The authors tried to study in detail regarding ligature material used, and a comparative study was performed in order to assess the common material used during hanging by the victims in the Indian subcontinent. In all the studies done by various researchers, cloth material – chunni –was found to be the most common ligature material, followed by nylon rope and saree., The comparative results are tabulated in [Figure 3]. The rope was the most common ligature material used by victims in the present study – 58 (34.93%), followed closely by dupatta in 51 (30.72%) and other materials such as khudei and phanek were also used. Thus, it depicts that in majority of cases, the decision of committing suicide by hanging is an unplanned one under extreme psychological disturbances. In particular period of time, whatever material was available it has been used by the victims.
Numerous facts can be established by examining ligature material. It produces a particular pattern over the skin and the characteristics of the mark broadly depend on material used. The pattern of ligature marks was observed only in cases where rope (34.93%) and belt (4.21%) were used, whereas other studies observed patterns in only 10%.
Single ligature marks were most commonly found (78.91%). Identical results were recorded by Sadikhusen et al.
In majority of cases, slip knot (71.08%) was used, which is a contradictory finding compared to the findings of Sadikhusen et al. where the fixed knot was observed in a maximum number of cases –58%. Thus, the fact is once again strengthened, that in majority of individuals, suicide by hanging is being practiced under extreme psychological stress where individual resorts to an easy knot.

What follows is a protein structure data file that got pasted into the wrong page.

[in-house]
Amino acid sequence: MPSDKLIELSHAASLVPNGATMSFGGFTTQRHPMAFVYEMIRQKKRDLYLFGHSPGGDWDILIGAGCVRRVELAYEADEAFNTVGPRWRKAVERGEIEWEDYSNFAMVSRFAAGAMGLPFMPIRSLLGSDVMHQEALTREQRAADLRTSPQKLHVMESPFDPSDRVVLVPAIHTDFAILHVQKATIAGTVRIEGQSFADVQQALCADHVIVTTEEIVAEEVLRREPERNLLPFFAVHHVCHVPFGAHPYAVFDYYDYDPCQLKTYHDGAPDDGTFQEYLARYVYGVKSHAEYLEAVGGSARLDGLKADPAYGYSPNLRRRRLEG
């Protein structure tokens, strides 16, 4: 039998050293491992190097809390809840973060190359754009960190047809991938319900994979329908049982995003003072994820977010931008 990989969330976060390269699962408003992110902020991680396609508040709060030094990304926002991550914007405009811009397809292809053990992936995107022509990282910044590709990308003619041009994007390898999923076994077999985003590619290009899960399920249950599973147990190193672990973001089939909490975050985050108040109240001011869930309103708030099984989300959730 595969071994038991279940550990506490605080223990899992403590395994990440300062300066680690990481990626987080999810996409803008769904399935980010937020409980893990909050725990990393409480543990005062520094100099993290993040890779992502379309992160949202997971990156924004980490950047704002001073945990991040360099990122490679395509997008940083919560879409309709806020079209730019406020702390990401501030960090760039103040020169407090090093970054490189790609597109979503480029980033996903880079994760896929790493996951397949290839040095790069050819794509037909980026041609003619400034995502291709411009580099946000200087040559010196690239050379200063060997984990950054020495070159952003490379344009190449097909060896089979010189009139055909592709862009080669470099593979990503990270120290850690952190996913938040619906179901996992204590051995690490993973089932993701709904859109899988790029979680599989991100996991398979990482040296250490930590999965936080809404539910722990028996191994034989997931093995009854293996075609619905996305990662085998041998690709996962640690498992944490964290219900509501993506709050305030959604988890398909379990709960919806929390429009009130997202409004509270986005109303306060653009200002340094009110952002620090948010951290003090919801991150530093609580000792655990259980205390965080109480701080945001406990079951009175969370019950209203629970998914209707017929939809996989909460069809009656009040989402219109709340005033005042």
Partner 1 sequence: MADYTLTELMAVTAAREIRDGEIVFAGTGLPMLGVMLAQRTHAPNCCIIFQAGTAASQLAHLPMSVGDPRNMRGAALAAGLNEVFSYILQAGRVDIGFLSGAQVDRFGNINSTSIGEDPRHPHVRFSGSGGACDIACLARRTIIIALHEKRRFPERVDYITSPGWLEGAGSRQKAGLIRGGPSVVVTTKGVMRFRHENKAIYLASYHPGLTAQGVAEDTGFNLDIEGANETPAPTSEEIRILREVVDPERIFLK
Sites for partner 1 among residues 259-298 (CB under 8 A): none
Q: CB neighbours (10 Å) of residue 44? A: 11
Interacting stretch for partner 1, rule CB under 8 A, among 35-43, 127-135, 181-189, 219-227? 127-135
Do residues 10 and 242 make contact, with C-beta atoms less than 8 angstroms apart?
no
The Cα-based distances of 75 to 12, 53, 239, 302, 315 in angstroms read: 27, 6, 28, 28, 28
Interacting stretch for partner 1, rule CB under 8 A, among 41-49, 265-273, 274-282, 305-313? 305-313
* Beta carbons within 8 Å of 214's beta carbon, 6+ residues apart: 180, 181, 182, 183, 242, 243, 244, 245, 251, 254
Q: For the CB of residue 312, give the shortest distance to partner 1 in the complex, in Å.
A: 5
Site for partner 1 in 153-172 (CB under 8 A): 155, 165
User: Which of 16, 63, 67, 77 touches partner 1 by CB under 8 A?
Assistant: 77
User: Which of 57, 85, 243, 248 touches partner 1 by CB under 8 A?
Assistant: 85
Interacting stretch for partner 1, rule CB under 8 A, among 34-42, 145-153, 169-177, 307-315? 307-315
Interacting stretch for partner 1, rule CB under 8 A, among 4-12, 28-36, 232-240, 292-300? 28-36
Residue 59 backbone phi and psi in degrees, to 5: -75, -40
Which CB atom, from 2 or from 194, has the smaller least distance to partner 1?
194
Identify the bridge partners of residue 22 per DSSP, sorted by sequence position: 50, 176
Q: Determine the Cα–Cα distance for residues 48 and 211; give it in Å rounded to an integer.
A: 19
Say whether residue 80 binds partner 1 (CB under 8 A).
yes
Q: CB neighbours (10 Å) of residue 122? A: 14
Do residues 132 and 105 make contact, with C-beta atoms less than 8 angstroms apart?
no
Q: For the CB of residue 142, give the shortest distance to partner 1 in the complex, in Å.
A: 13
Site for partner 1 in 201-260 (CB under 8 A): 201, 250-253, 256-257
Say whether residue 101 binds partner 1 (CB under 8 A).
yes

In the present study, maximum number of cases (77.1%) showed ligature marks above thyroid cartilage which was also observed by others., In hanging, the ligature mark was normally situated higher in the neck above laryngeal prominence. The position of the mark in hanging depends on the way – the device was fixed and the suspension point. According to Reddy KSN, the mark of hanging is situated above the level of thyroid cartilage in between larynx and chin in 80%, at the level of thyroid cartilage in 15%, and below the level of thyroid cartilage in about 5% cases, that too in case of partial hanging. All the above facts are correlating with the observations in the present study.
In the present study, the incidence of fracture of hyoid bone was observed in 2.40%. In other studies also, the percentage of cases showing hyoid bone fracture was very less.
In the present study, there were no external injuries other than ligature marks. Similar observations were evident in studies done by Saisudheer and Nagaraja.